India had imported 8.8 million tonnes of LPG in 2015-16. Imports last year made India the world’s second-largest importer of LPG, behind China. It overtook Japan, which imported 10.6 million tonnes. Last May, the government launched a programme to provide free cooking gas connection to poor women with a view to cut on use of firewood and polluting fuels like dried cow dung. LPG demand is projected to grow by 9.7 per cent to 23.7 million tonnes in the current fiscal and is likely to touch 35 million tonnes by 2031-32.

A record 3.45 crore LPG connections were given during the fiscal ended March 31, 2017, including 2.2 crore free connections to poor women. This has taken the number of LPG consumers to 20.08 crore. As many as 6 crore connections have been given in last three years, taking LPG to 72.84 per cent of the population. The government is targeting giving out 3 crore connections including 1.5-2 crore under the free LPG connection scheme during the 2017-18 fiscal and another 4 crore in the following year. This would help take LPG coverage to 95.49 per cent of the population.



NEW DELHI: Solar power tariff has dropped to a record low of Rs 2.62 per unit in the auction conducted for Bhadla solar park. The price is even lower than NTPC’s average coal-based power tariff of Rs 3.20 per unit.

“Bhadla Ph-IV Solar Park results in a historic lowering of tariffs. Phelan Energy (50MW) and Avaada Power (100 MW) have bagged projects at Rs 2.62 per unit. Softbank Cleantech has won 100 MW capacity at Rs

2.63 per unit,” a senior official said. After the auction Power Minster Piyush Goyal tweeted “Another milestone towards Prime Minister Narendra Modi’s vision of clean affordable power for all: Bhadla Solar Park achieves tariff of Rs 2.62/unit.”

Last month, the levelized solar power tariff had dropped to the then all-time low of Rs 3.15 per unit in an auction of a 250 MW project at Kadapa in Andhra Pradesh. Earlier in February, the lower capital expenditure and cheaper credit had pulled down solar tariff to a new low of Rs 2.97 per unit for the first year in an auction conducted for 750 MW capacity in Rewa Solar Park in Madhya Pradesh. However, the levelized tariff for Rewa project has worked out to be Rs 3.30 per unit. In January last year, solar power tariff had dropped to a new low, with Finnish energy firm Fortum Finnsurya Energy quoting Rs 4.34 a unit to bag the mandate to set up a 70-MW solar plant under NTPC’s Bhadla Solar Park tender. In November 2015, the tariff had touched Rs 4.63 per unit following aggressive bidding by US-based SunEdison, the world’s biggest developer of renewable energy power plants.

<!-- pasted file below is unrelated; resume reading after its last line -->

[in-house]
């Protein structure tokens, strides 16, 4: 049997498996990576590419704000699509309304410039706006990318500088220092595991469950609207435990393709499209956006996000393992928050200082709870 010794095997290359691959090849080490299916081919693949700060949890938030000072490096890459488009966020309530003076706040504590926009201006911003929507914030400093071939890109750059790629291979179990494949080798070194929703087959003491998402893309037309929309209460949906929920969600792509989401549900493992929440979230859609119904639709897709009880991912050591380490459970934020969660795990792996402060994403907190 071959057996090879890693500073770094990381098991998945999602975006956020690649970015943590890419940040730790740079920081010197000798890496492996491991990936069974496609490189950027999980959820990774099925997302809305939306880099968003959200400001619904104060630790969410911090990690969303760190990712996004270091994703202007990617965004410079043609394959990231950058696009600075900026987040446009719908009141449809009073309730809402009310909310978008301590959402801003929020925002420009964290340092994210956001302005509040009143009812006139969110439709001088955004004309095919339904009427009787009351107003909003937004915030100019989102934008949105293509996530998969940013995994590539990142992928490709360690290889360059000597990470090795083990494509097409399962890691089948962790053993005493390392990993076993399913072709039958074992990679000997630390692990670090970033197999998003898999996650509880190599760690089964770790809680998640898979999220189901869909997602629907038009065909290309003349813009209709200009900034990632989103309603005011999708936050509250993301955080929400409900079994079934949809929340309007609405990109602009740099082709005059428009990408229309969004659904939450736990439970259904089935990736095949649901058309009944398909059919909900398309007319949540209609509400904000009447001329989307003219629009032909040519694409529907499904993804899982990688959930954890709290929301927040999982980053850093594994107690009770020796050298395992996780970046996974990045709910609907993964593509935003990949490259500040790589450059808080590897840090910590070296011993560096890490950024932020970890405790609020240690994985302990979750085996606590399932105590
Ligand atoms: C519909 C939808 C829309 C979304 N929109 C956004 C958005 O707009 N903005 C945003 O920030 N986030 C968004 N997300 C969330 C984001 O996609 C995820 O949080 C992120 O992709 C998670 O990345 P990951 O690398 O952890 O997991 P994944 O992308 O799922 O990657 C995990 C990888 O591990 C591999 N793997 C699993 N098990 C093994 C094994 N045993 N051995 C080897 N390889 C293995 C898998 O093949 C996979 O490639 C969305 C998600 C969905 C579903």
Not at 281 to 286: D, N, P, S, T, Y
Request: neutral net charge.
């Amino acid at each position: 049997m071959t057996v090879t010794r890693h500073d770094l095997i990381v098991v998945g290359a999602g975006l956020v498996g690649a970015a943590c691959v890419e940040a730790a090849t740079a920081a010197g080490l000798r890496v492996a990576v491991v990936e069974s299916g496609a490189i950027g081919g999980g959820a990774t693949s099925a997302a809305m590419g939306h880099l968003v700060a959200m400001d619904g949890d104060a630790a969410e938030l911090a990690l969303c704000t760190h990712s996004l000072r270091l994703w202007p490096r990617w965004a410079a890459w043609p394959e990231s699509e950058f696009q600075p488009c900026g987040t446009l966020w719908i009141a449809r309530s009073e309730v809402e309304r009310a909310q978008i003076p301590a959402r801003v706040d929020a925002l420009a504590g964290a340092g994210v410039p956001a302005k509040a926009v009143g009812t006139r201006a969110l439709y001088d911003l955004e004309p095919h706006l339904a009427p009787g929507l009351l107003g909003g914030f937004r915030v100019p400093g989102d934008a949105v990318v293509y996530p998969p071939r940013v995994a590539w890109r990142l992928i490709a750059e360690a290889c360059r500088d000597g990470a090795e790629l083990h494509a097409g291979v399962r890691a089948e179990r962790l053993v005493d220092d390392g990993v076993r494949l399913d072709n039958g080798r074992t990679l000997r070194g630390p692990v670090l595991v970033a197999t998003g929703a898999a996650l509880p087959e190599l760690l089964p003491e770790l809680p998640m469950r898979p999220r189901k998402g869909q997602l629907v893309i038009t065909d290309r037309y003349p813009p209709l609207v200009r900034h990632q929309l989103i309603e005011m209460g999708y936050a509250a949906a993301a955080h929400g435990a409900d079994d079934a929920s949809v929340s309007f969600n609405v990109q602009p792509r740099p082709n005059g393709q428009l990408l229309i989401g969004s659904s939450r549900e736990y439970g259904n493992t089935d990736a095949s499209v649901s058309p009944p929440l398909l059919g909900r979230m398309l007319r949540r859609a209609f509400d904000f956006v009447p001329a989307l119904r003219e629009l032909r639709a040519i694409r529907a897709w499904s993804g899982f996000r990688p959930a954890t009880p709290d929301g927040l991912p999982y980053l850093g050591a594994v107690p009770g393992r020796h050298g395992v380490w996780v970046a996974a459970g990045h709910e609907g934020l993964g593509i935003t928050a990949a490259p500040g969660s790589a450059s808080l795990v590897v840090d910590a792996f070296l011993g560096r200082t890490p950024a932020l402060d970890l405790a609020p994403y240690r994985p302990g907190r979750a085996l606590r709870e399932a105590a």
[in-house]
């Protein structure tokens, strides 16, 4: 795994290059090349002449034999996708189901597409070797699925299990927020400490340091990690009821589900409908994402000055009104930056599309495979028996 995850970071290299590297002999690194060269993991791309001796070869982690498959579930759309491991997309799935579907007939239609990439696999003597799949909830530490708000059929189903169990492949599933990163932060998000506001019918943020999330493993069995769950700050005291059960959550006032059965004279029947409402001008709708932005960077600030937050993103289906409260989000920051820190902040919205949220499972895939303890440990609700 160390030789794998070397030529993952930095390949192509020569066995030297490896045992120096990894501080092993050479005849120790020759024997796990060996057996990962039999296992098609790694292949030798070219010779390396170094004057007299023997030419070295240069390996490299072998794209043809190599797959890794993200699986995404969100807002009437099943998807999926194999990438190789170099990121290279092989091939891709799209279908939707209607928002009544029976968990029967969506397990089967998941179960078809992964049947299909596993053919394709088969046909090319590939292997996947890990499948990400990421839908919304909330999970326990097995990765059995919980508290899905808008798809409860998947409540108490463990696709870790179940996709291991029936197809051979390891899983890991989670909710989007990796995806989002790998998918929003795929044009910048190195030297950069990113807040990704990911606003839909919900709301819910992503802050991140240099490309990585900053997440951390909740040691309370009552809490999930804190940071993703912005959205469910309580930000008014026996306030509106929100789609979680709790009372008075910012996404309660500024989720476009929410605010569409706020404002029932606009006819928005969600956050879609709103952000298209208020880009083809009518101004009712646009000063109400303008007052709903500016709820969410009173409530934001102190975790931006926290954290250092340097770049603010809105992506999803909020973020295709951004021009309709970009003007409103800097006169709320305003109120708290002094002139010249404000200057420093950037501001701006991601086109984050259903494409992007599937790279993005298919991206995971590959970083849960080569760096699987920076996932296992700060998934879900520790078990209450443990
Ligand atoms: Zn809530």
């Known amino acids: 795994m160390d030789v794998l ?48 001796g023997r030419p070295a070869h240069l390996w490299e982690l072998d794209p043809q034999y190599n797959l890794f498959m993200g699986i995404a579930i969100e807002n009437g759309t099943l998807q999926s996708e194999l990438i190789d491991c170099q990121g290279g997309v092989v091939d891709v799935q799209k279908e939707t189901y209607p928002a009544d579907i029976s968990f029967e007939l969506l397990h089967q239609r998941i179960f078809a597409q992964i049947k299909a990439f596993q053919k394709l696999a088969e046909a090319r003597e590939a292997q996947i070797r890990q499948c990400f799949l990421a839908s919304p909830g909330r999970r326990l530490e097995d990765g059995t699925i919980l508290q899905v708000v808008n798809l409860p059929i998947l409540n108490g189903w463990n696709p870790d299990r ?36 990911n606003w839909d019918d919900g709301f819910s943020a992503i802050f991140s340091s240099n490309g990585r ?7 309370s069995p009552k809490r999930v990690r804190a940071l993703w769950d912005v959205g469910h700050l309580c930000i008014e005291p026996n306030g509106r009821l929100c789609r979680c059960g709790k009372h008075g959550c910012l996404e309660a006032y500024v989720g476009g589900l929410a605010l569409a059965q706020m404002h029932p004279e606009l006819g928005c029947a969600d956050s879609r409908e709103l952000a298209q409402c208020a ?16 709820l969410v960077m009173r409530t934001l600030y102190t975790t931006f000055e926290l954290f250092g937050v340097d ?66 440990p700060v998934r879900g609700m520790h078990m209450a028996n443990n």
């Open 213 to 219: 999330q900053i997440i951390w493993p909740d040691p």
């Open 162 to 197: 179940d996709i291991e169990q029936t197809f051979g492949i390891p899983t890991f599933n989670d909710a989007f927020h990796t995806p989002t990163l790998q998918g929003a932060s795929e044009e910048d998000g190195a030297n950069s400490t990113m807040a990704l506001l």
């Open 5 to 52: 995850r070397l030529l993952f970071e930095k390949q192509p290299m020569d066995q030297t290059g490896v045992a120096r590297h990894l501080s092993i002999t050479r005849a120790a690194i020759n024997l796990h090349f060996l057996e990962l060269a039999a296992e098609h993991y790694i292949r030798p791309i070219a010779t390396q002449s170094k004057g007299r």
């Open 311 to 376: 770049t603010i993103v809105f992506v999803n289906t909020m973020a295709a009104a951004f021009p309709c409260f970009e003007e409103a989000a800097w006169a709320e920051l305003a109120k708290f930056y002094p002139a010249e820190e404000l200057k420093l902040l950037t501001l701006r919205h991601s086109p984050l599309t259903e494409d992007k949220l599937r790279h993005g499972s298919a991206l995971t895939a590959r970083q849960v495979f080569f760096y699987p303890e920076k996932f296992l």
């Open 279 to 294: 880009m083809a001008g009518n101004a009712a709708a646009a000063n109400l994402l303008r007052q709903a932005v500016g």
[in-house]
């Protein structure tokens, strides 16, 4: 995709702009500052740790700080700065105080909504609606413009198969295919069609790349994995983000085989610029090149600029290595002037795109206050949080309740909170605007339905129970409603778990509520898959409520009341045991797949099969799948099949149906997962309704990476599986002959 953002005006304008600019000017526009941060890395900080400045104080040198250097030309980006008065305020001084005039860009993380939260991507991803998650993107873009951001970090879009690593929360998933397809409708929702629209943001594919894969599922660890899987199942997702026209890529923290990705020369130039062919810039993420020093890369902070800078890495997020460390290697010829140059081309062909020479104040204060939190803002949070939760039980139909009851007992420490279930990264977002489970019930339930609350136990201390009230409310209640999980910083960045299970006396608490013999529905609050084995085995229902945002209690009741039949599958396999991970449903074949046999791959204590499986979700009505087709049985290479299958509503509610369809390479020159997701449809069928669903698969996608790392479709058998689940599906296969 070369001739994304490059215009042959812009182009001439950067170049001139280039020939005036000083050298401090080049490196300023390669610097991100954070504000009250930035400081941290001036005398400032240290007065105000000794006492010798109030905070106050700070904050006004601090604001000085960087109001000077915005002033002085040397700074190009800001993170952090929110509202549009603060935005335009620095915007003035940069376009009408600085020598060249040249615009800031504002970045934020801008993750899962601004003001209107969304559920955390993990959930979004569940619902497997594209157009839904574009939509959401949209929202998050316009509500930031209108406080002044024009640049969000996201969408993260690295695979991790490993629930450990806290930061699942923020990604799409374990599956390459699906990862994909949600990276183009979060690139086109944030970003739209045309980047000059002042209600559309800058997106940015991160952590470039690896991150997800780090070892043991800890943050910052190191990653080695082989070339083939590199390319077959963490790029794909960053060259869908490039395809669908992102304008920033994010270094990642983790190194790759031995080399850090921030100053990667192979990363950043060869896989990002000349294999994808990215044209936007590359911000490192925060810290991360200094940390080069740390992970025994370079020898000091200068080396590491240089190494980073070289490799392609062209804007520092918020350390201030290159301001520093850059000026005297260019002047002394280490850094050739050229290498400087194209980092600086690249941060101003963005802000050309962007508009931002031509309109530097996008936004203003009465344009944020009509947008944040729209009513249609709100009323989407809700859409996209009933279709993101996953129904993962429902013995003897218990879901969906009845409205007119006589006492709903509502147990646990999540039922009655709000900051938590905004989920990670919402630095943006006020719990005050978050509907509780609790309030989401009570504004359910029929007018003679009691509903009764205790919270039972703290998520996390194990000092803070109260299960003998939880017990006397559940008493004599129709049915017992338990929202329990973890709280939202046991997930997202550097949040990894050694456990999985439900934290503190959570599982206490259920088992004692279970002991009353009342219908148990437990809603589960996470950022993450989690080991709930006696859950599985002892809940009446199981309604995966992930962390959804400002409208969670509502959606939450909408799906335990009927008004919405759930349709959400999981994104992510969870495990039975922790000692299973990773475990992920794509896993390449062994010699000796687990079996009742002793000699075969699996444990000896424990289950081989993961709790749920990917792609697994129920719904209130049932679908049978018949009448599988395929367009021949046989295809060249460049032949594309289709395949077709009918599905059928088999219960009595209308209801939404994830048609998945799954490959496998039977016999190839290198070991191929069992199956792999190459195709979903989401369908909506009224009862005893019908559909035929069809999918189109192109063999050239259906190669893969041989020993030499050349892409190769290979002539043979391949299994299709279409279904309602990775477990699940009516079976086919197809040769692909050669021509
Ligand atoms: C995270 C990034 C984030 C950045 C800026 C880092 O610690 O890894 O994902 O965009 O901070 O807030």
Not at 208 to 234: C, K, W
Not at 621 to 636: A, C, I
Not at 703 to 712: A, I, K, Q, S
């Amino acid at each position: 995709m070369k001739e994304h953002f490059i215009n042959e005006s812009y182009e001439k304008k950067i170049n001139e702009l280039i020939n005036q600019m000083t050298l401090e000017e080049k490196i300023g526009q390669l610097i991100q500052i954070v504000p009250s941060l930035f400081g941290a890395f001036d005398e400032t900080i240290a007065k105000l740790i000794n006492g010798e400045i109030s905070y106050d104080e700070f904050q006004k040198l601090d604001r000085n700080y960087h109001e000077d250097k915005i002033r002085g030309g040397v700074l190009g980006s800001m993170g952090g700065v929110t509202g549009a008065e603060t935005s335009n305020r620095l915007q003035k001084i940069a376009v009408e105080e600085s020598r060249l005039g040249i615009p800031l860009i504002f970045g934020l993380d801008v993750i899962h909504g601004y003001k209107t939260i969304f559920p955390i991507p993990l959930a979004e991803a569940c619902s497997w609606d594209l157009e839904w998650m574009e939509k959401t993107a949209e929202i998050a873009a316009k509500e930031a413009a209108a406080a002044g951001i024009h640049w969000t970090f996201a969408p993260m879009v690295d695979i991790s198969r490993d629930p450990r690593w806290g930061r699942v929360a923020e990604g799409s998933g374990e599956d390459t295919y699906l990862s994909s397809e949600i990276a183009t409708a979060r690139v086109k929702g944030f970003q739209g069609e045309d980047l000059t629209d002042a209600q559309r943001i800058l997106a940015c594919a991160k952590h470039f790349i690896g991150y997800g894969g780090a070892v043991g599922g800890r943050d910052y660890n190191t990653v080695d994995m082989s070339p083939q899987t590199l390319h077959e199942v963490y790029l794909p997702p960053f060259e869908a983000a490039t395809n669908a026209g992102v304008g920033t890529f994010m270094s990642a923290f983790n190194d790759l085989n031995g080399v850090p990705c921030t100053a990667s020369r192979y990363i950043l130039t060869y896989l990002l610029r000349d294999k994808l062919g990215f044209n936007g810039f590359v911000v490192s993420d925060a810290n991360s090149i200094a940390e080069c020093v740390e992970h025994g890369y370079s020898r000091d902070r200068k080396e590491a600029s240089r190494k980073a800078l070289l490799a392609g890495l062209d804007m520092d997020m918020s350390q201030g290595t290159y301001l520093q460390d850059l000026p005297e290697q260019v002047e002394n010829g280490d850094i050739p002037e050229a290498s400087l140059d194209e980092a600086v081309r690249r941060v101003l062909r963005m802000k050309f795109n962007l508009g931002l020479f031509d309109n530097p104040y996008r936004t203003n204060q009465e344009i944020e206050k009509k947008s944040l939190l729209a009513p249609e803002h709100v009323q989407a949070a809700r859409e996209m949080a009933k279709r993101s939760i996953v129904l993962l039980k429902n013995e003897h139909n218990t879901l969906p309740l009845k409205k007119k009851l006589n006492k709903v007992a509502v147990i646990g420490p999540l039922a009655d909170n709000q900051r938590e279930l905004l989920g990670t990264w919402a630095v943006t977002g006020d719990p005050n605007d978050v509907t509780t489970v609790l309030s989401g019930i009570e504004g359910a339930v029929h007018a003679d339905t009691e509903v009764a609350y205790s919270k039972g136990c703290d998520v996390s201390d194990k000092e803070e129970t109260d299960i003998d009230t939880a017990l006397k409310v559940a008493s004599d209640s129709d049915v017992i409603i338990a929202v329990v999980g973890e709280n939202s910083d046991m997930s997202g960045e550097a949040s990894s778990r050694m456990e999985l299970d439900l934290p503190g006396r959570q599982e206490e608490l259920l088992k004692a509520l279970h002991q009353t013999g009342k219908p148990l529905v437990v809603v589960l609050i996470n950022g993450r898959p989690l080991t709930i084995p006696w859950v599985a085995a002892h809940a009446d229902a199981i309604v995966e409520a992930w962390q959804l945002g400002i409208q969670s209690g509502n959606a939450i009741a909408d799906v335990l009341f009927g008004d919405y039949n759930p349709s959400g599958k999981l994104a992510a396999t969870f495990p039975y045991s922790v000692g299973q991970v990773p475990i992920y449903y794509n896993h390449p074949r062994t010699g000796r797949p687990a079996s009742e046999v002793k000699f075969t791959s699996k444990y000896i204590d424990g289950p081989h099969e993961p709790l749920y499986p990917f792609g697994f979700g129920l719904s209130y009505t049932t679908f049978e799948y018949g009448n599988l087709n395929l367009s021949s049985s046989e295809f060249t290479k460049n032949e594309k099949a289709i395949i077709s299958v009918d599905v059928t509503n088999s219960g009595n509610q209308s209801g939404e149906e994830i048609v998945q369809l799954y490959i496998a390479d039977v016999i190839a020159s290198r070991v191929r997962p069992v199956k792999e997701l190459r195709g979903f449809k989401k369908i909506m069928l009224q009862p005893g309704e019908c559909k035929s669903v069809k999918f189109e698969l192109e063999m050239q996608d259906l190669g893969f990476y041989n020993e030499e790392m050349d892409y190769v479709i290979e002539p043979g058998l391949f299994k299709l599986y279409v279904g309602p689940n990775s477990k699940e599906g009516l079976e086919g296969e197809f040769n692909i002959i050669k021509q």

Chennai: Insurers are likely to increase their rates on property/fire insurance post-July, after the insurance regulator on Wednesday instructed them to peg new rates to the Insurance Information Bureau’s (IIB) revised data. The regulator also increased the list of risk occupancies from 90 to 109, effective from July 1, 2017.

How does the move affect the industry? Till 2007, rates were fixed when it came to fire and property insurance. The only differentiater an insurer could offer was the service quality as rates fixed. Later, when the industry was de-tarriffed, there was unhealthy, cut-throat competition among insurers as they fought over clients; offering them lower and lower rates as incentives. “Charging lower premiums at some point started affecting the profitability of that line of business and the servicing of claims. Loss ratios increased from around 30% before de-tarrifing to 60-75% in recent years. And in an effort to cut losses IRDAI came out with the first set of regulations in 2015,” said an executive from United India Insurance Co.

The regulator then set out guidelines on how much an insurer could charge on fire policies. “IRDAI then instructed the IIB to come with a rate insurers could charge for different occupancies. The way we insure a cinema the atre or rice mill or hospital would be different from how we’d insure a godown which had inflammable goods. For instance, an IT office would have a much lower insurance/fire risk than a manufacturing unit. So IIB put together rates based on occupancy. And now they’ve revised the rates in 2017, after the 2014 guidelines,” said an executive at a private insurer.